My favorite experience was when I built an entire hierarchy of jobs in order to identify when people had been promoted. In large organizations it can be ambiguous which job movements are upward or downward. Often, promotions are not categorized as promotions, especially if people change departments, leave and come back, or get a job temporarily prior to being made permanent.
To get past this obstacle we created a simple reference table that identified where someone was in a hierarchical career ladder, assigning a two-digit code to 1,200 job descriptions. It was hard and tedious work that was entirely for the benefit of the back-engine of our promotions model. But we eventually got the promotions model to work at a level of high accuracy, after which the client was able to use the information to influence high-level decisions. That was the full turkey dinner.
Shortly after we finished this promotions model we got new demands for work which took advantage of the back-engine. Our happiest client was the one who just needed the list of rank indicators for the 1,200 job descriptions. They needed to send emails to a limited number of high-ranking people, so those people knew about breaking events before their subordinates and would know what to say. With our organizational complexity and some turnover at the top, it was hard to identify who was senior. What our client needed was a rules-based way of identifying who should get their emails. Looking at our rank tables, they were able to choose a small number of rank categories and let the code do the work for them. In the process they uncovered that one senior executive had been previously overlooked. Now they were able to get the information out to the right people.
This client got the analytics equivalent of turkey soup. They just needed the bones from inside the promotions query to be boiled down to create a new, skillfully-repurposed product that met their needs.
Do you have the opportunity to repurpose your own big wins? That time you got on top of a major health concern, did you also develop healthy habits that improved other parts of your life? If you overcame a difficult business relationship, did you also learn what your triggers are, and how to regulate them in future? At the end of a big project, did you go for drinks afterward and end up with a few new friends?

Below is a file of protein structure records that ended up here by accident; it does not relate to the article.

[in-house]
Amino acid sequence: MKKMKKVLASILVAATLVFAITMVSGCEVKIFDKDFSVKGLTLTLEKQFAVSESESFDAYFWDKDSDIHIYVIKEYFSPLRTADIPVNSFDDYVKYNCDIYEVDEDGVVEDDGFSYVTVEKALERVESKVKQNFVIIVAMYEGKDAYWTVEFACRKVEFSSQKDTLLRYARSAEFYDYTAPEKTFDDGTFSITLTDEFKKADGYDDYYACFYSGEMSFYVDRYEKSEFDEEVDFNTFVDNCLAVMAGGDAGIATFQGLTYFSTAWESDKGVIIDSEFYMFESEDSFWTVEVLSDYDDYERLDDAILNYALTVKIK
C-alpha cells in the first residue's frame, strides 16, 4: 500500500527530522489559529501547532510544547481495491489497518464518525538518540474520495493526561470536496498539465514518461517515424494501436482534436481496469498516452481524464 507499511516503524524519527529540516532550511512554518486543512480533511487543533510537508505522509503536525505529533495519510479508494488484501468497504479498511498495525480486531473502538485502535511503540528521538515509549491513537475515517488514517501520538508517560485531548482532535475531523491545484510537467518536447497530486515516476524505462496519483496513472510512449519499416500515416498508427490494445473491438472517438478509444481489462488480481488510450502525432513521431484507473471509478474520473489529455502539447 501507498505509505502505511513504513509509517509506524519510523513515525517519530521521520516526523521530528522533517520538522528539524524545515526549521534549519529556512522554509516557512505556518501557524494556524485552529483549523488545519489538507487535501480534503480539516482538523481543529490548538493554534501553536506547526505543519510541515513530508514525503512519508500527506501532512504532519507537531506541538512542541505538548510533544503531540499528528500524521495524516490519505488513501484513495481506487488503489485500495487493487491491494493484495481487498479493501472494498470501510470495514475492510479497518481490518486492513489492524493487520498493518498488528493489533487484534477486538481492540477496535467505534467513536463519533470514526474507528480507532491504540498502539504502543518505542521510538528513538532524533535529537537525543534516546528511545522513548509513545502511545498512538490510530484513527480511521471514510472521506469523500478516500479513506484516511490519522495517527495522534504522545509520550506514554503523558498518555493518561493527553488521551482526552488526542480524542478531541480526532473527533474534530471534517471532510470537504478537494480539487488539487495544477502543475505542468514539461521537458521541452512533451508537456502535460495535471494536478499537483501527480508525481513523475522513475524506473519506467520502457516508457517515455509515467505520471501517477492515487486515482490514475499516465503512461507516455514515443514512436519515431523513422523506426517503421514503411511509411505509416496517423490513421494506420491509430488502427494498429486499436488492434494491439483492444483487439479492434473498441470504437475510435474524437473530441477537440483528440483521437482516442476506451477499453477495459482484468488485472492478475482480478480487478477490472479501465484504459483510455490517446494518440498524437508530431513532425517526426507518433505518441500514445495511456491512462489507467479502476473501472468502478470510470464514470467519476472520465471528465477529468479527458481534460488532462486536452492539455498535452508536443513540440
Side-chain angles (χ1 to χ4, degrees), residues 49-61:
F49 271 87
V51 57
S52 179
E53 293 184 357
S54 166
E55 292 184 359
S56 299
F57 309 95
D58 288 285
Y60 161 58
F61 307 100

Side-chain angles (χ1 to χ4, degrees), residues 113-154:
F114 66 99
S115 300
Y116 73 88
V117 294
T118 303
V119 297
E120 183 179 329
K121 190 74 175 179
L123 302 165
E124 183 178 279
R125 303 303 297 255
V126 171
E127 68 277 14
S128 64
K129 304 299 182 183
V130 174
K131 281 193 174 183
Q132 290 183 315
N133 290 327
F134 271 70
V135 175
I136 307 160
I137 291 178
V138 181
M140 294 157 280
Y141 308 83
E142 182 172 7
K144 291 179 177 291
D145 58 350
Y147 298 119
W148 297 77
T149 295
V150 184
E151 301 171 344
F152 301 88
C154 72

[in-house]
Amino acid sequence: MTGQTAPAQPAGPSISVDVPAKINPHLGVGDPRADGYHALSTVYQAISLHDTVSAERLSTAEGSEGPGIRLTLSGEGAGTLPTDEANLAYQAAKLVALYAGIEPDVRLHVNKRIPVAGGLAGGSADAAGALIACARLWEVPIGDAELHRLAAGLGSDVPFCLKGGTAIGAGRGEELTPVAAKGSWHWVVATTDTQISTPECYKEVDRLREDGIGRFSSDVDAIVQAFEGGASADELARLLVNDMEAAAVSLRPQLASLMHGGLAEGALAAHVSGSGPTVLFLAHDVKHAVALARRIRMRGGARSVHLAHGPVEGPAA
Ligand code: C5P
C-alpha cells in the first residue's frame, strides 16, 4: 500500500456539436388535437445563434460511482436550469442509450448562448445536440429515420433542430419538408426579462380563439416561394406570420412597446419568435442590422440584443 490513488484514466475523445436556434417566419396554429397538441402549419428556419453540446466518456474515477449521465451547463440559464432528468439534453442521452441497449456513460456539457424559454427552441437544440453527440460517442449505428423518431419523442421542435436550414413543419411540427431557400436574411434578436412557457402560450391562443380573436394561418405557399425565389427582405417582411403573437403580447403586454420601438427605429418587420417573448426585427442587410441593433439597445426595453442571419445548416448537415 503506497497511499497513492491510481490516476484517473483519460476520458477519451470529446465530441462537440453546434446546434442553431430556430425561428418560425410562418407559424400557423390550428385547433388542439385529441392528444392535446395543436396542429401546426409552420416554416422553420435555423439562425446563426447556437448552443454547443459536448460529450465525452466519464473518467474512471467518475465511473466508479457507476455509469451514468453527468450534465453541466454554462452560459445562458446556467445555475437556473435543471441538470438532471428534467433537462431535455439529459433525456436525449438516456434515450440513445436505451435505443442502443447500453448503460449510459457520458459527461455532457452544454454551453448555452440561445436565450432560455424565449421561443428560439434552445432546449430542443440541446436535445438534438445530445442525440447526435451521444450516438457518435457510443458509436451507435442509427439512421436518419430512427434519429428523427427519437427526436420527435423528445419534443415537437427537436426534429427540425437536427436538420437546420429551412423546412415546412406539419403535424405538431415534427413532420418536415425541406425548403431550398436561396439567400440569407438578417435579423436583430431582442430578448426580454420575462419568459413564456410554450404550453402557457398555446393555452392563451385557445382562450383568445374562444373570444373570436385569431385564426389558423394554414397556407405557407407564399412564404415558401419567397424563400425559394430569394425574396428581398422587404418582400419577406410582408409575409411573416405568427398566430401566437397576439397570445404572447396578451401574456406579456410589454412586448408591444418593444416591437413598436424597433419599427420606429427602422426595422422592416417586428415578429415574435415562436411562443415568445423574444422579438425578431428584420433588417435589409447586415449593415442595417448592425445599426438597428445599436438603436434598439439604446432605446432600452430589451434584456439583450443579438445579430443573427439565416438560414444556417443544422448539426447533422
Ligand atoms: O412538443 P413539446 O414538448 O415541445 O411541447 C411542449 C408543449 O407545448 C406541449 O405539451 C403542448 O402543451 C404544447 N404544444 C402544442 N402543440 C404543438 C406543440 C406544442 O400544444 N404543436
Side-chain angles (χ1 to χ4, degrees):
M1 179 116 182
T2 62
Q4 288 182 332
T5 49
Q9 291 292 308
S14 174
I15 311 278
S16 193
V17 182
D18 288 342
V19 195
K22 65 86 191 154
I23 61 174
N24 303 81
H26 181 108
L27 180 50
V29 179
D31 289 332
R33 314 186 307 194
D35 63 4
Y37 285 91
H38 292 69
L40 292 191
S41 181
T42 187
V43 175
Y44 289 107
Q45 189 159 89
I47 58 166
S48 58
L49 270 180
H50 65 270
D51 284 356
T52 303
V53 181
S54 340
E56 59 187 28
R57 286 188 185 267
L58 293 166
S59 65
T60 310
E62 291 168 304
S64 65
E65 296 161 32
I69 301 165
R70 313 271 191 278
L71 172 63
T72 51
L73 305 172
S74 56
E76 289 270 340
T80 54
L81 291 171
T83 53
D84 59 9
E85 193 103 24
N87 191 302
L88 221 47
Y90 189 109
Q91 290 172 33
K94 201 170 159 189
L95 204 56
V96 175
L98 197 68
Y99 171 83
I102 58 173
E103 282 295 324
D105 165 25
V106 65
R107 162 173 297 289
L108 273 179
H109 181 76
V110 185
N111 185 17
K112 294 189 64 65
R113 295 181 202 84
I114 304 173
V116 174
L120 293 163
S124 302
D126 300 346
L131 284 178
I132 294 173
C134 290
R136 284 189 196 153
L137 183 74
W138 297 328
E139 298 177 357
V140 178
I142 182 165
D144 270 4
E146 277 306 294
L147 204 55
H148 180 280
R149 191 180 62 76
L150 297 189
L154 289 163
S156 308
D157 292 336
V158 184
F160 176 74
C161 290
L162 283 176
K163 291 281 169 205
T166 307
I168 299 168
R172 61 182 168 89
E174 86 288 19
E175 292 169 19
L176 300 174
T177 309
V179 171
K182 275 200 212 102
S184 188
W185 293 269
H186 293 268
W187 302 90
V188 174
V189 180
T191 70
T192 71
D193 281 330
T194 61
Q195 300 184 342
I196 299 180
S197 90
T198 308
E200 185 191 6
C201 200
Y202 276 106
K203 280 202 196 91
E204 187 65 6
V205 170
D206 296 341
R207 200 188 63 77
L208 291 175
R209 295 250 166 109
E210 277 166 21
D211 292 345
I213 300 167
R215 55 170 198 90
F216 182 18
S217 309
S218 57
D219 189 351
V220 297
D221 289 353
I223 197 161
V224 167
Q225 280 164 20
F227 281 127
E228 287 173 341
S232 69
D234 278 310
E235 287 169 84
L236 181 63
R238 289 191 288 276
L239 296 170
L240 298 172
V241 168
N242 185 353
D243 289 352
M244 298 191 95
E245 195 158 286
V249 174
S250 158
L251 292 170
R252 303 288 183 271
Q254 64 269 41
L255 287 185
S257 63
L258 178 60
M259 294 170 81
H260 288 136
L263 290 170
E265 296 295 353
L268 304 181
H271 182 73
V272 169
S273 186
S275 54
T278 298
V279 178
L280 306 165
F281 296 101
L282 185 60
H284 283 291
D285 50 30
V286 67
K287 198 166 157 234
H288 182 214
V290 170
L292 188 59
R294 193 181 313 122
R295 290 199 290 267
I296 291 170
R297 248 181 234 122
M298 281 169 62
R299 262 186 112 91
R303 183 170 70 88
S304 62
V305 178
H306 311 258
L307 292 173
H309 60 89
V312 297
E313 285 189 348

Sometimes it seems like you’re just working hard to make other people happy. But if you accomplished nothing in the last year except healthy habits, self-awareness, and more meaningful relationships, would you even recognize that this counts as success?
So put on your wool socks, turn the TV to your guilty pleasures, and curl up with that bowl of turkey soup. It should feel good. So take a deep breath and enjoy it.
[This is a re-post, with edits, of an article from October 10, 2017]
How much do we need to think about future job disruption and how it will affect our careers and the lives of our children? Somewhat, but don’t worry about it. There’s a cottage industry of hype and hysteria that grabs your attention and offer foolish solutions that are unrelated to the facts.
The BBC has a great audio article debunking the myth that 65% of future jobs have not yet been invented. Like the good journalists they are, the BBC looked into this “65% of future jobs” statistic and traced it back to the source. They found two authors citing a report that does not exist, at an institute which is reported to have been disbanded, in a jurisdiction (Australia) that doesn’t even recall an institute by that name ever existed. The BBC credits this discovery to blogger Andrew Old who critiques misleading statistics in the education field.
The BBC tried to re-create the 65% figure looking backwards. Sometimes looking backwards at hard data produces better information than speculative forward-looking estimates. They found that one-third of jobs that exist today didn’t exist a decade ago. That one-third figure includes newly-created jobs where the role had existed somewhere in the labour market but not that position in that particular workplace.
An example would be new teaching jobs created because of population growth; it’s a pre-existing type of job that you could plan your career around, but the positions didn’t exist previously. Job growth allows us to move up in the world, change jurisdictions, sell goods and services to the newly-employed, and engage new labour market entrants coming from graduation, immigration, and returning to work after a break. From this perspective, it’s a very good thing that a large fraction of current jobs didn’t exist a decade prior. I hope this continues.
What Credible Sources Say About Job Disruption
Even still, there may be potential disruptions arising from automation, globalization, and demographic shifts. In an earlier post, I reviewed a McKinsey report that noted 800 million jobs will be eliminated worldwide by technology. However, 800 million is the maximum range of their forecast, and the mid-point is 400 million jobs. The time period is 12 years, so the forecast is 33 million jobs lost per year globally – small for a planet of 7.6 billion inhabitants.
Of the 400 million jobs affected only 75 million will be eliminated altogether, and the rest will have parts of their work eliminated. For many of the roles that have parts of their work eliminated, workers might become a “bot boss” of a new technology that causes people to be more productive, more valued, and experience greater job security.
In another post I reviewed a paper from the World Economic Forum about forecast job losses relative to forecast new opportunities. There is an abundance of opportunity for people to port their skills from a lost job to a new job. On average, we’re going to be okay.
To clarify, when these reports are created they say one thing, but the headlines exaggerate the findings and sell eyeballs to advertisers. Congratulations, the product is you. But wouldn’t you rather become the protagonist in this outrageous game?